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Eades D. Communicating with Aboriginal people in New South Wales. 2008.
Please use this identifier to cite or link to this item: http://e-publications.une.edu.au/1959.11/9165
Communicating with Aboriginal people in New South Wales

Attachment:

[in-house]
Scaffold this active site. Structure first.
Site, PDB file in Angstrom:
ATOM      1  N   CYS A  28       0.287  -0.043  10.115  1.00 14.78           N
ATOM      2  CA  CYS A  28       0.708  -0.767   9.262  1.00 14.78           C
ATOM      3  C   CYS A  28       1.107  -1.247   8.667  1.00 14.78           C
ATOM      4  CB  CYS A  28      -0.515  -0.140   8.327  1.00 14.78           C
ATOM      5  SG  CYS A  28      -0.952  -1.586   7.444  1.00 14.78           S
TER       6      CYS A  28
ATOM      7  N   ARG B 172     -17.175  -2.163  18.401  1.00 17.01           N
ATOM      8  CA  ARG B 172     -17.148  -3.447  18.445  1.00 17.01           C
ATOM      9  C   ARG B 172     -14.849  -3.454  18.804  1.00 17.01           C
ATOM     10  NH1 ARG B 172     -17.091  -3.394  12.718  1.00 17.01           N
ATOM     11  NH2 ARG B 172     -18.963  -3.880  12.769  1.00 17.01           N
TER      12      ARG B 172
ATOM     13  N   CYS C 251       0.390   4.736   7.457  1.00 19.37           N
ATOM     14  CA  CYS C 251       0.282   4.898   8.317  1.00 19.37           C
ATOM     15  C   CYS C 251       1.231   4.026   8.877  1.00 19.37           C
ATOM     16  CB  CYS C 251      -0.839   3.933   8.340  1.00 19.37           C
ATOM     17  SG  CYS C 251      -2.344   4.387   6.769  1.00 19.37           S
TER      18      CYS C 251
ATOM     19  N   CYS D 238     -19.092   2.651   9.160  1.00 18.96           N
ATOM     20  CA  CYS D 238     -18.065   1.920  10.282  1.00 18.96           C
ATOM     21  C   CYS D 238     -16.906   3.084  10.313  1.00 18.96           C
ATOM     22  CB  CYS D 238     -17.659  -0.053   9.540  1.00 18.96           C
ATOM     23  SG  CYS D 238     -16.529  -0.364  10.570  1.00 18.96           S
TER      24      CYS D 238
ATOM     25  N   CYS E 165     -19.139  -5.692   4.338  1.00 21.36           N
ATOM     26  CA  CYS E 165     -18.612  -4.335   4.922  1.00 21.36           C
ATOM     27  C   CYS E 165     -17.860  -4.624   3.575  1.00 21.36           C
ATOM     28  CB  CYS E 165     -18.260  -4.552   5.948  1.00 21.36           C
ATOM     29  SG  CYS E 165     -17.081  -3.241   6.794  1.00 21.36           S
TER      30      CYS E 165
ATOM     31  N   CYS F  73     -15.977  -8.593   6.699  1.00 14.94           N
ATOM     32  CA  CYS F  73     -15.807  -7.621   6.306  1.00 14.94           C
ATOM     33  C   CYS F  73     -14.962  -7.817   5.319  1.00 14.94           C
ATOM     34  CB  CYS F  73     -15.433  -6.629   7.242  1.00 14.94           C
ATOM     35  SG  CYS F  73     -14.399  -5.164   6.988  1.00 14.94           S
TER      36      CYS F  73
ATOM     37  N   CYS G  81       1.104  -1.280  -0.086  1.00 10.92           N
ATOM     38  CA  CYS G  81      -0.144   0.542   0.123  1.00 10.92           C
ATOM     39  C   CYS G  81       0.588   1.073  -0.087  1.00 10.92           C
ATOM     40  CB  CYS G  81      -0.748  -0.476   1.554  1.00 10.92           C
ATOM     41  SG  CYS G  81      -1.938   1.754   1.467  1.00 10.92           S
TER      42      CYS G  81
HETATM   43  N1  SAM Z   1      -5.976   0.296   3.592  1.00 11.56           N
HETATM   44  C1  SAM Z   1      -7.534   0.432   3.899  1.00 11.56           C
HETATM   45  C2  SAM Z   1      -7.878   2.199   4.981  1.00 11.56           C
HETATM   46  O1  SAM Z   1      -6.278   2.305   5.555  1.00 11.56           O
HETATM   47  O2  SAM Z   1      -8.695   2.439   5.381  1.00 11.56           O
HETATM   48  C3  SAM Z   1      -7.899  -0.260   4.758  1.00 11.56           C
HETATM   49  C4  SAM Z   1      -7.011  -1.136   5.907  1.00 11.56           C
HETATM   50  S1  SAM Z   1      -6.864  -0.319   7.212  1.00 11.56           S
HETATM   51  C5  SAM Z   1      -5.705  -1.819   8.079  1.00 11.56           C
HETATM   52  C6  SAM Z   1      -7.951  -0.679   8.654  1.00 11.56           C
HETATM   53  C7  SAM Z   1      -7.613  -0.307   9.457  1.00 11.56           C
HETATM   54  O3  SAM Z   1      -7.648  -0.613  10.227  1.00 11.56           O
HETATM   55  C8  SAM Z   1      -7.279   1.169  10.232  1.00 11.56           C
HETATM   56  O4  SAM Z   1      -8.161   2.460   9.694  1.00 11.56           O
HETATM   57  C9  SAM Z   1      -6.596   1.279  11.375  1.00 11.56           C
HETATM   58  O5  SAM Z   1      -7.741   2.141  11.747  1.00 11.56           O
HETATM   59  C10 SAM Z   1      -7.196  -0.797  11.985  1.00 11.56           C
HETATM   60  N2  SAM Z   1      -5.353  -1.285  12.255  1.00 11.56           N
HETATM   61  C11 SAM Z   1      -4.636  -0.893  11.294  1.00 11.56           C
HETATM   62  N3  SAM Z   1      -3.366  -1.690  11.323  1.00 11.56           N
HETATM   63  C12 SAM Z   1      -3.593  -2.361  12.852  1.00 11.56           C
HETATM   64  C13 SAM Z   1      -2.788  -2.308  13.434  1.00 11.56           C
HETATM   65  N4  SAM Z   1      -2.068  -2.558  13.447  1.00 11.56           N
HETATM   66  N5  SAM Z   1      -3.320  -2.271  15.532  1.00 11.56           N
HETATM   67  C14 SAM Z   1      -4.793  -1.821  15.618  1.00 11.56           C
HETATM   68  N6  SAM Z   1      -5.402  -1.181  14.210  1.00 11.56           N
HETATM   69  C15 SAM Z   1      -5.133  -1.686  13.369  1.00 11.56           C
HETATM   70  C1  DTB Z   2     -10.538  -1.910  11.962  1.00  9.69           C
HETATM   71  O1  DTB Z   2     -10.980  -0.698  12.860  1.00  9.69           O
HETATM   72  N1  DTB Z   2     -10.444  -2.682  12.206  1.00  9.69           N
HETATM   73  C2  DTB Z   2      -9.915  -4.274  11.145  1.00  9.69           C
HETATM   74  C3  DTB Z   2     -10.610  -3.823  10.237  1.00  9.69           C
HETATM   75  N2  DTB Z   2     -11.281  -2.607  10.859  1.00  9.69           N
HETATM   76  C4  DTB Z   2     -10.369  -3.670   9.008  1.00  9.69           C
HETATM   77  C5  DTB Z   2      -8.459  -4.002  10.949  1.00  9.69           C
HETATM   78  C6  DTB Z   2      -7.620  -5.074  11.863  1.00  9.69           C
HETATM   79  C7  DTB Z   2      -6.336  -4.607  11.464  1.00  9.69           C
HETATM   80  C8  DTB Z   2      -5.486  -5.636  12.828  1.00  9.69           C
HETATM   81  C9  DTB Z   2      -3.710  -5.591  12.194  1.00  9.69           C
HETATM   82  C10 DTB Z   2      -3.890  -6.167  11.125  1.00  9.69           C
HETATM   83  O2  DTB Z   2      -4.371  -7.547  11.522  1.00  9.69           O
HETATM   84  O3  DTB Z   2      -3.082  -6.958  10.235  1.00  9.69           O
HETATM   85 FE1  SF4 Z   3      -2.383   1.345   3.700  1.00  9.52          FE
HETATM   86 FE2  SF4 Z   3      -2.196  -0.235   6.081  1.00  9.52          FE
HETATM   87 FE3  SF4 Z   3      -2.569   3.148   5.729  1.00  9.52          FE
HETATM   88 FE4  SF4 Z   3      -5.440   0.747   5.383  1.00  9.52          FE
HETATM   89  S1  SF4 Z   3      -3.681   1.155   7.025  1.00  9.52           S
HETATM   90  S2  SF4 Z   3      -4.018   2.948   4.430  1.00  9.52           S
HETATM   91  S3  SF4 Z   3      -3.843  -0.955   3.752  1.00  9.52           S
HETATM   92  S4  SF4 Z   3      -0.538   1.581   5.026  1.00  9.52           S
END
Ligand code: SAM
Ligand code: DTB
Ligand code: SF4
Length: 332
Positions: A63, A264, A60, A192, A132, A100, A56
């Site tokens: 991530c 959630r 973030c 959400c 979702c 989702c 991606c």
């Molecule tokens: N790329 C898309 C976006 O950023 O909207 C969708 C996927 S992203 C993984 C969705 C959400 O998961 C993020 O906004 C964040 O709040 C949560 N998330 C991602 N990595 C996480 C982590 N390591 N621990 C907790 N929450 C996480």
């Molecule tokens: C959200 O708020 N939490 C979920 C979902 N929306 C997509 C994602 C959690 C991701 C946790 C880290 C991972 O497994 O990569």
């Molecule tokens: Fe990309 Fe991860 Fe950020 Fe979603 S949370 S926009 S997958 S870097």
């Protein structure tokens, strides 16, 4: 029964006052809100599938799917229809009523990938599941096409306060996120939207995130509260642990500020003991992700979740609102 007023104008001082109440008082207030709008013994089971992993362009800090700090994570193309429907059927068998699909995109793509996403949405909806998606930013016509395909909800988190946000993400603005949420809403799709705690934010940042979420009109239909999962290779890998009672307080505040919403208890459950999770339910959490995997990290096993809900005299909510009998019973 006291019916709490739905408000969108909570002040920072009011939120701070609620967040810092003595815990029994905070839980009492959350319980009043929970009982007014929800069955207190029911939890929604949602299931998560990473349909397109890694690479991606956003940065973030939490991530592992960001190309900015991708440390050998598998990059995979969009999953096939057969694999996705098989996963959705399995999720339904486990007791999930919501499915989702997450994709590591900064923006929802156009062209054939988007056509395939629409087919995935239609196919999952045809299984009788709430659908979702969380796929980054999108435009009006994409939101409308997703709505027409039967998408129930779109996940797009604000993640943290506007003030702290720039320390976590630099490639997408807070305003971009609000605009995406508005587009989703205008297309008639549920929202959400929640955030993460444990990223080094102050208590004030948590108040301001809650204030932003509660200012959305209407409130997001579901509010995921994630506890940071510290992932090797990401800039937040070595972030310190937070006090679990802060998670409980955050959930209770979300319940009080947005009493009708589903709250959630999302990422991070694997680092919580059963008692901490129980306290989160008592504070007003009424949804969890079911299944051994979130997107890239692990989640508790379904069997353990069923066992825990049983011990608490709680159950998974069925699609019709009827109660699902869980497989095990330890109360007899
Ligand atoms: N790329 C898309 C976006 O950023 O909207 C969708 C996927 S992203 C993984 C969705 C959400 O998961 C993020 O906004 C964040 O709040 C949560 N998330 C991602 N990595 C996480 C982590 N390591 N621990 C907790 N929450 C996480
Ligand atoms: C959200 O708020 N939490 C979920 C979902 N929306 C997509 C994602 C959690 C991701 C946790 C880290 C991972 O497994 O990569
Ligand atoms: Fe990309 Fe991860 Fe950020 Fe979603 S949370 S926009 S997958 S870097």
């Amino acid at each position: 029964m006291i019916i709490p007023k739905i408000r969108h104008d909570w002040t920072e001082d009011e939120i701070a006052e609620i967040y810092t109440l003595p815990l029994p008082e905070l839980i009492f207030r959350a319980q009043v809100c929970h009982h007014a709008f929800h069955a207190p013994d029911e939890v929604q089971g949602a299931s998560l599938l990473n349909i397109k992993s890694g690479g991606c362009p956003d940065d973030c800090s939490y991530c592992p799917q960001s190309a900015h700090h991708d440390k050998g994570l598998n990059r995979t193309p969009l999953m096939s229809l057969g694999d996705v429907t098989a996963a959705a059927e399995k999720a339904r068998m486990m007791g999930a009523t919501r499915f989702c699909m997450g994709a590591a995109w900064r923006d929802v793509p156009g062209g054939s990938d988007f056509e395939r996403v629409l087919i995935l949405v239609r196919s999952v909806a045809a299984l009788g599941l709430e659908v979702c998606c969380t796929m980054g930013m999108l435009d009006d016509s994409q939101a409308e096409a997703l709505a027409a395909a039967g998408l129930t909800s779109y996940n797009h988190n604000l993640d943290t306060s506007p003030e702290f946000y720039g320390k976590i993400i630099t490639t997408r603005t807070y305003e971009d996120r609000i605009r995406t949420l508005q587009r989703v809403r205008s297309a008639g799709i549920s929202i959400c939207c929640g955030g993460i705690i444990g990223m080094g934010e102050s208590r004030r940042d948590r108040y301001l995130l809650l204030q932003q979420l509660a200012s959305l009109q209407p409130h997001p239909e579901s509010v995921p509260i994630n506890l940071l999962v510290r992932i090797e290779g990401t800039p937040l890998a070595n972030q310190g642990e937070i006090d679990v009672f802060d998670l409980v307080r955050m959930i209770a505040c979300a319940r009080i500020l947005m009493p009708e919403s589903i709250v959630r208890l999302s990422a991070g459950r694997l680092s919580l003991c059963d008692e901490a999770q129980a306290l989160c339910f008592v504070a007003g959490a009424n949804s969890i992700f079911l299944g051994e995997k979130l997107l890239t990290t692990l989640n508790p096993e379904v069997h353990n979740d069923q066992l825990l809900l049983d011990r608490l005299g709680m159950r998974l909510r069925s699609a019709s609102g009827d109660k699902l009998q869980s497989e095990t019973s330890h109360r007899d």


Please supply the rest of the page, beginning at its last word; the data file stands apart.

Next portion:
The following article identifies some of the major differences between Aboriginal English and General Australian English. It provides some suggestions which might be helpful for judicial officers communicating with Aboriginal people. In the area now known as New South Wales, there were at least 70 distinct languages spoken before British invasion and settlement. Today, about 10 of these languages are being taught in schools, and about four of them have some fluent speakers. All Aboriginal people in New South Wales today speak varieties of English, which typically show many influences from the traditional languages. For example, the traditional languages did not have an h sound. Over the generations, Aboriginal people have come to speak English with an Aboriginal accent, which often results in not pronouncing the English h sound at the beginning of words. So 'Harry's hat' in General Australian English (CAE) often sounds like 'Arry's at' in Aboriginal English (AE). Interestingly, there is also a pattern in Aboriginal English which results in an h sound being added at the beginning of some English words, as in the example of the elder who says: 'We are the proud howners of this land.'